A.E. England Building at Civic Space Park, 424 North Central Avenue, Phoenix, Arizona 85004
On Thursday, December 3 President Obama hosted a summit about job creation. As part of President Obama’s commitment to grassroots organizing, the White House is encouraging community groups across the nation to host their own community forums to discuss job creation in a more local context. Community leaders can upload the results of these meetings through WhiteHouse.gov. The information will be compiled into a report and sent to the Oval Office for review. We invite you to make your contribution to the report by participating in a job forum.
On December 10, 5:00-6:30PM, the Greater Phoenix Economic Council (GPEC) is hosting an Arizona Forum on Jobs and Economic Growth at the Biodesign Institute at ASU. In addition to GPEC, participants include members of the AZ Technology Council, Science Foundation Arizona, labor leaders and non-profit leaders. The focus is to listen to these leaders about what they believe the White House and Congress should do to help create jobs and restart Arizona’s economy.
Given ASU’s role as a socially embedded institution, it is fitting that it serves as the convener of a community jobs forum that highlights how social networks and local community building can lead to job creation in the Phoenix metropolitan area. The forum on December 11 will begin with brief presentations about existing community building efforts in the service and design sectors and the relationship between entrepreneurship and job creation. (read more)
Over the past 2,000 years, organized learning has evolved. Today, however, there are social, economic and cultural needs not being met. American society has undergone massive shifts over the past 50 years but our universities have hardly changed at all. The very identity of the university is at stake. So, ASU is changing that identity. ASU is reinventing higher education in America. By breaking the mold, ASU has created a place where local solutions have global impact. Join us. And pursue the work you believe in.
President Obama recently revealed plans to host a summit on entrepreneurship for business leaders, foundations and social entrepreneurs sometime within the next year. This announcement comes only a month after requesting a $50 million Social Innovation Fund from congress in the FY2010 budget, which emphasizes the president’s position on the potential social entrepreneurship has to transform our society.
Social Entrepreneurship—only one of a number of new terms gaining ground in a field that is expanding at an exponential rate. Traditionally a business term, entrepreneurship has transformed itself to include such diverse areas as health, education, law, engineering, the social sciences, and many more. With this evolution the vocabulary of entrepreneurship itself is changing. Capital gains might now be measured in societal impact. Investment opportunities now include such innovative ideas as micro-financing. And wealth is no longer quantified in strict monetary forms, but now encompasses the social, cultural, and emotional riches of our local and global communities.
The evolved form of entrepreneurship focuses on new and better ways to solve old problems. It challenges the status quo for the purpose of exploring new possibilities leading innovative solutions. Entrepreneurship is a powerful tool that can be used in a variety of ways, but at its heart, entrepreneurship might be viewed as simply a way of amplifying personal goals to achieve maximum impact.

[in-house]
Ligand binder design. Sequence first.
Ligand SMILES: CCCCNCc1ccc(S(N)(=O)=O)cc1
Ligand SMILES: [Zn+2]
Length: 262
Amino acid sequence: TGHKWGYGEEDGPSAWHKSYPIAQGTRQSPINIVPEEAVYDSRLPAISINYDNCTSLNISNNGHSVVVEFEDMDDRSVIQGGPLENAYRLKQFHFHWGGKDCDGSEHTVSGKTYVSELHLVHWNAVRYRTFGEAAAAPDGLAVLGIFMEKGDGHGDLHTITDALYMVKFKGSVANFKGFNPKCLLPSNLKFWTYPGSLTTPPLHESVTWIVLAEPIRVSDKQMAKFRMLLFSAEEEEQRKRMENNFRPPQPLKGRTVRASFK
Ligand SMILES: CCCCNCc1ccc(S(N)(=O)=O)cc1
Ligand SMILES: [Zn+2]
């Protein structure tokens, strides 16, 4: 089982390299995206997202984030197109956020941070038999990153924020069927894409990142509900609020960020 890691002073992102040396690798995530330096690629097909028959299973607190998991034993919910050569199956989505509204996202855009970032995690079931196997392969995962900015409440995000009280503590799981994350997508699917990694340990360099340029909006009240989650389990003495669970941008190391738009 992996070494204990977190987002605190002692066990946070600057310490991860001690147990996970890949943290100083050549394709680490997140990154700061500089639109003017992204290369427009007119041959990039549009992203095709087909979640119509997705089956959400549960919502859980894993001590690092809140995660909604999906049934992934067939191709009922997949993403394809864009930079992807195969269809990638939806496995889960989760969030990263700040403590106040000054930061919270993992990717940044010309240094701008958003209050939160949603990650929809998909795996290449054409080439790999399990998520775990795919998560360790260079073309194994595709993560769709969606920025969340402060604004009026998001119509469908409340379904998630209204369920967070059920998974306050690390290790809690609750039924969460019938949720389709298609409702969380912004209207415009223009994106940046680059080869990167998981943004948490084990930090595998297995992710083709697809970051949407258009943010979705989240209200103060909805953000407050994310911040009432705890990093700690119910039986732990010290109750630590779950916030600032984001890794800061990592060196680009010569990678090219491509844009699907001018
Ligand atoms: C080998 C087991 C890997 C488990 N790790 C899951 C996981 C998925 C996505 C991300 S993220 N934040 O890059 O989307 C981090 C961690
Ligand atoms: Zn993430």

ASU is responding to the changing characteristics of entrepreneurship with the creation of new coursework, funding opportunities, and an array of new certificates in entrepreneurship. The social entrepreneur project GlobalResolve is improving the quality of life for rural communities around the world. And many more initiatives redefining entrepreneurship are springing up everywhere at ASU—from the creation of the new Master of Health Innovation program beginning this fall, to the digital media-based ventures coming out of the Walter Cronkite School of Journalism and Mass Communication, to the partnership created between the College of Teacher Education and Leadership and University Public Schools Inc. that has now created two charter schools backed by the immense resources of ASU.
But the opportunity to reach more students, more faculty, and more future entrepreneurs who will help to reshape our world is the task set out before all of us. It is not enough to merely support those who already exhibit the traits of an entrepreneur. We must find a way nurture entrepreneurial thinking in the minds of all who wish to pursue the work of bettering our world for future generations.
Doing this requires empowerment. The entrepreneur does not exist in a vacuum; he or she operates best surrounded by others who share their thinking. So the questions are many: how can we spark this entrepreneurial spirit in everyone? And once sparked, how can we then support our entrepreneurs? How do we educate them? How do we justify the need for entrepreneurial skills to those working in such fields as history, biology, or literature? And what exactly are the transferable and teachable skills of an entrepreneur? How can we make sure all students, in every program, across all campuses have the opportunity to acquire these skills?
Your thoughts on this continuing conversation are both welcome and necessary.
Posted by: Samantha L. Miller, University Innovation Fellow
The inaugural class of the ASU Lodestar Center for Philanthropy and Nonprofit Innovation’s Generation Next Nonprofit Leadership Academy (Gen Next) graduated from its 9-month training on May 8 at the Disability Empowerment Center in Phoenix. Funded by a generous contribution from American Express, Gen Next is a cohort of the Valley’s top emerging nonprofit leaders, chosen to participate in training that provides them with the knowledge and tools needed to take on leadership roles within the nonprofit community.
“Through Gen Next I have learned a lot about my own leadership style and under what circumstances I work most effectively,” says Chela Sullivan, recent graduate of ASU’s Master of Nonprofit Studies program and current Helping Hands Housing Services staff member. “I have also learned that as a manager, I can bring out other people’s strengths by recognizing their leadership styles as well.”
Jany Deng, another member of the inaugural class, was a recipient of nonprofit assistance 10 years ago when he came to the United States as a refugee from Sudan. He graduates this year from the Gen Next program on his road to being a leader in the nonprofit sector.
“As a recipient of services in the past, I have seen how important organization and leadership are in a nonprofit,” says Deng. “Through Gen Next, I learned areas that I need to improve on and I also learned areas that are my strengths. This knowledge will help me to be a better co-worker and to provide better services to my clients.”